“It does take many years,” Blake told The Hockey News Monday. Read more

Blues’ Brian Elliott robs Barkov with amazing desperation save

Josh Elliott
Brian Elliott

Sunday’s contest between the St. Louis Blues and Florida Panthers turned out to be a goalie duel, and the kid they call ‘Moose’ ended up winning with a 40-save performance highlighted by a diving glove catch.

Brian Elliott was under siege in the third period as his Blues tried to hold on to a one-goal lead. The Panthers peppered the net, firing 15 shots on net in a span of 4:29 before St. Louis manage to get a shot at the other end.

But Elliott stood tall in the face of all that rubber, and made a potentially game-saving stop on Aleksander Barkov.
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Rumor Roundup: Sabres, Devils and Blues trade buzz

Cody Hodgson Sabres featured

The Buffalo Sabres and Winnipeg Jets rocked the hockey world this week with their eight-player blockbuster trade. Having swapped Evander Kane and Zach Bogosian for Tyler Myers and Drew Stafford, don’t expect the two clubs to be idle leading up to the March 2 NHL trade deadline.

Ted Wyman of the Winnipeg Sun notes the Jets were seeking a top-nine forward prior to Kane being sidelined by season-ending shoulder surgery. That need hasn’t changed by replacing Kane with Stafford. He also points out the Jets swapping Bogosian for Myers still leaves them with a glut of defensemen. Wyman expects they’ll try to move one of their depth blueliners for a checking-line forward. Read more

Oshie makes brilliant through the legs, no look pass for goal

Jared Clinton
T.J. Oshie (Christian Petersen/Getty Images)

If there’s one thing we learned at the Sochi Olympics, it’s that T.J. Oshie is one of the more creative players in the world today. His shootout magic earned him big praise, and his through the legs, no look pass Thursday night should do the same.

With Oshie’s Blues already up 3-1 on the Tampa Bay Lightning, St. Louis worked a set play to perfection. Oshie was streaking up the ice, collected a three-zone pass off the boards, and shielded the puck around Andrej Suster and Victor Hedman. Oshie then stopped as he was looking like he was about to curl behind the net and made a pass between his own legs with his back to the play, right onto the tape of Blues captain David Backes. Read more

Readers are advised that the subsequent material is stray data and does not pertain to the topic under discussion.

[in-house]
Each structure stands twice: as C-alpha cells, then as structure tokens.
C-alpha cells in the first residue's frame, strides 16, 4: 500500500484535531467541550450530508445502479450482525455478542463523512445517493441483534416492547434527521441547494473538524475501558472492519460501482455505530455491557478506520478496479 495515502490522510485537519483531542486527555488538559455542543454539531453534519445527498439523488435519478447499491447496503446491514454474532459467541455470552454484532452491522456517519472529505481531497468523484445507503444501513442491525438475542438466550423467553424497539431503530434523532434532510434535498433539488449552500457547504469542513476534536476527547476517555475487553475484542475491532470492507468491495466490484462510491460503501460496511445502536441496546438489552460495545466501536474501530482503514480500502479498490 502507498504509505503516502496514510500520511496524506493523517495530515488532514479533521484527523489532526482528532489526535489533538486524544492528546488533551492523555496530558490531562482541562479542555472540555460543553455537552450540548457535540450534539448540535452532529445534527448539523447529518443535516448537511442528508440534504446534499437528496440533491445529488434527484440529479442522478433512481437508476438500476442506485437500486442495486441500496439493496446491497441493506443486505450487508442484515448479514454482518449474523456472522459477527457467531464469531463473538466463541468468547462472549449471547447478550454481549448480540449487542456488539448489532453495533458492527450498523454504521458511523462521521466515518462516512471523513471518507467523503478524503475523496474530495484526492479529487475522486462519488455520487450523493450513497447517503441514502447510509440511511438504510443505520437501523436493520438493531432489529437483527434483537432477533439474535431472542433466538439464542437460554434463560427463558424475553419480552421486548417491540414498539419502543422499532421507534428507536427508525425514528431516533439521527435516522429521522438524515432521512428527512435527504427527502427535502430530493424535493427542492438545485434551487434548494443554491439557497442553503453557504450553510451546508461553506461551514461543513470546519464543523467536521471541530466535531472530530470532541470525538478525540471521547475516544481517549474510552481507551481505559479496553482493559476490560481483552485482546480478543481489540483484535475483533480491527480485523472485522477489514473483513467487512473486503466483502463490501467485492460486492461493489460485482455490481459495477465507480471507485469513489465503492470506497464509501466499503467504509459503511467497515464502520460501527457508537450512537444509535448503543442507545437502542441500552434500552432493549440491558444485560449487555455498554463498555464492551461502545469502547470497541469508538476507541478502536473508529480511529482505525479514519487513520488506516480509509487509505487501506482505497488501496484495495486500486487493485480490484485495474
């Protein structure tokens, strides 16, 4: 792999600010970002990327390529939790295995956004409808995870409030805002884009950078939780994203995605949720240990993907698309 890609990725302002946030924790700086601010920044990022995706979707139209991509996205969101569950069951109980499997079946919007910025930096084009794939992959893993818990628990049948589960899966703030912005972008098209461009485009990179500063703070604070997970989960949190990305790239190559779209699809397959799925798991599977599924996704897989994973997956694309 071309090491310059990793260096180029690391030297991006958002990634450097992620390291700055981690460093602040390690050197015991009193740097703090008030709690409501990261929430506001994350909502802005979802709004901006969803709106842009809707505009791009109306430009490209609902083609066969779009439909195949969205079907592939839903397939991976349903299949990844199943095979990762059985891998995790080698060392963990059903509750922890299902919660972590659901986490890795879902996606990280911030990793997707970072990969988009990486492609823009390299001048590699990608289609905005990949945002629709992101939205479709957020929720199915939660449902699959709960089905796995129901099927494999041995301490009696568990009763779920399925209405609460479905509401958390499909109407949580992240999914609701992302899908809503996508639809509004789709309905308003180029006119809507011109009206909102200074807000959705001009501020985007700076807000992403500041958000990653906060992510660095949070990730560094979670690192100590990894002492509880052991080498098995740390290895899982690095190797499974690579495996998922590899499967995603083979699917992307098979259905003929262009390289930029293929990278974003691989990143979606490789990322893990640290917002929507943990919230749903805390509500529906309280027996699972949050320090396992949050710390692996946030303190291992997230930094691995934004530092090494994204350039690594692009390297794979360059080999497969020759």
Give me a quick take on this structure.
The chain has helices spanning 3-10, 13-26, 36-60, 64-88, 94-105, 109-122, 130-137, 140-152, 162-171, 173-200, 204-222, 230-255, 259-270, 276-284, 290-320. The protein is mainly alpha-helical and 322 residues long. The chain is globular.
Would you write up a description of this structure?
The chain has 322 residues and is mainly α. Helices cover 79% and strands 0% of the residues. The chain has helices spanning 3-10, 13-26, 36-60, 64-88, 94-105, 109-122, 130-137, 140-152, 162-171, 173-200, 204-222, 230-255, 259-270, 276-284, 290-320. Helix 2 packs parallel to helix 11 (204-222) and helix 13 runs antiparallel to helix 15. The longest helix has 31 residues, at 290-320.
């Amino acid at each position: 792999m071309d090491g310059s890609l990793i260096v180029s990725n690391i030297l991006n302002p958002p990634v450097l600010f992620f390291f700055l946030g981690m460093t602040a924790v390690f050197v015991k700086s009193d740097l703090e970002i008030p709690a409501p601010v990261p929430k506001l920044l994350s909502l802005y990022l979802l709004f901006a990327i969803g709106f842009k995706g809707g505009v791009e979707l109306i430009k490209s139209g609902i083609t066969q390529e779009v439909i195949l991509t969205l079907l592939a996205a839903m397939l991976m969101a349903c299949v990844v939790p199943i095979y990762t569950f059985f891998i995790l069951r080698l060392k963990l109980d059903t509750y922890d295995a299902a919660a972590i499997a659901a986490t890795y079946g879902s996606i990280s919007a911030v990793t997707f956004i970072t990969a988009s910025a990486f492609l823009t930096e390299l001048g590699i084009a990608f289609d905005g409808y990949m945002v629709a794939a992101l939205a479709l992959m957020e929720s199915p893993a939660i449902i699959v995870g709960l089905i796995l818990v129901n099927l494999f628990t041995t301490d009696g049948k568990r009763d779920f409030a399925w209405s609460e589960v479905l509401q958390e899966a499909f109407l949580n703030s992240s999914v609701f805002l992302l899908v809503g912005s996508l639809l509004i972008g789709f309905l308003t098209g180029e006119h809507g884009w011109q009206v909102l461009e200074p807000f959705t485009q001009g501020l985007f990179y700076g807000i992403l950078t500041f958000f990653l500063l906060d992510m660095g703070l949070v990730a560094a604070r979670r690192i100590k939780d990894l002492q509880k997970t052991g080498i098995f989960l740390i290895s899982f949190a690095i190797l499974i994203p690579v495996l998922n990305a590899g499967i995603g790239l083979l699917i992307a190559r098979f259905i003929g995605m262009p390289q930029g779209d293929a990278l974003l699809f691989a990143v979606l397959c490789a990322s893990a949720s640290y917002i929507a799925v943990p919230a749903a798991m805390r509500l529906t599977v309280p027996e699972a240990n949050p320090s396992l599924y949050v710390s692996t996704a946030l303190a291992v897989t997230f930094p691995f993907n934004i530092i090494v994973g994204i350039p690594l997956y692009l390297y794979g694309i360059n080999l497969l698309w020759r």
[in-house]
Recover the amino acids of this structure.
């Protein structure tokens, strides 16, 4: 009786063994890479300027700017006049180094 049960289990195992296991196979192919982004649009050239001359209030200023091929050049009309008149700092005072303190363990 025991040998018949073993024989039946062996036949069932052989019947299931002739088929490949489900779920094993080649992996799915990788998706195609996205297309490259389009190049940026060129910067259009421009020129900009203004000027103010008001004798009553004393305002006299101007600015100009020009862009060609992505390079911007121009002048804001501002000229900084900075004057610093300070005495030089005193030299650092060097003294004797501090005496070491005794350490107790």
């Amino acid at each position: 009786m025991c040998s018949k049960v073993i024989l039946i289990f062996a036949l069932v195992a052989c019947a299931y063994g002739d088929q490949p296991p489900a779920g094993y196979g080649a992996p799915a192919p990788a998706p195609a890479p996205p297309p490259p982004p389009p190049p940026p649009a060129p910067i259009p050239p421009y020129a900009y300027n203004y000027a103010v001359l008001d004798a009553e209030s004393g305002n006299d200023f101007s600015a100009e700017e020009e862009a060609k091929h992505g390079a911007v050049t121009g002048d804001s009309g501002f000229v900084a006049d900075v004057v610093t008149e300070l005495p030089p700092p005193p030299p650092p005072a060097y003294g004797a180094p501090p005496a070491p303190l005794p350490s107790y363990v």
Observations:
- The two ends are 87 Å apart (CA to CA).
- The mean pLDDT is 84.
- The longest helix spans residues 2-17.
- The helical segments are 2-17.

The five biggest blockbuster trades in the past five years

Tyler-Seguin

Forget unbelievable goals, huge hits and incredible saves. There is nothing that gets the hockey world buzzing like a big trade.

Wednesday morning the Winnipeg Jets and Buffalo Sabres teamed up for one of the biggest trades in recent memory, a blockbuster deal that sent Evander Kane, Zach Bogosian and a prospect to Buffalo in exchange for Tyler Myers, Drew Stafford, two prospects and a draft pick. It was a monster deal that went from a rumor to huge news in the span of hours.

In today’s salary cap world, it’s not the type of trade you see often and that’s why when a mammoth deal goes down it’s nearly enough to shutdown Twitter, if only temporarily. Read more

Another Blues game, another dazzling goal from Vladimir Tarasenko

Adam Proteau
Vladimir Tarasenko (Mark Buckner/NHL)

Blues winger Vladimir Tarasenko has provided fans with a slew of highlight reel goals this season and added another one to the collection Sunday with a gorgeous breakaway goal against the Chicago Blackhawks.

Tarasenko, who had 27 goals and 52 points for St. Louis entering Sunday’s action, scored his 28th after teammate Jaden Schwartz sprung him on a breakaway with a brilliant pass: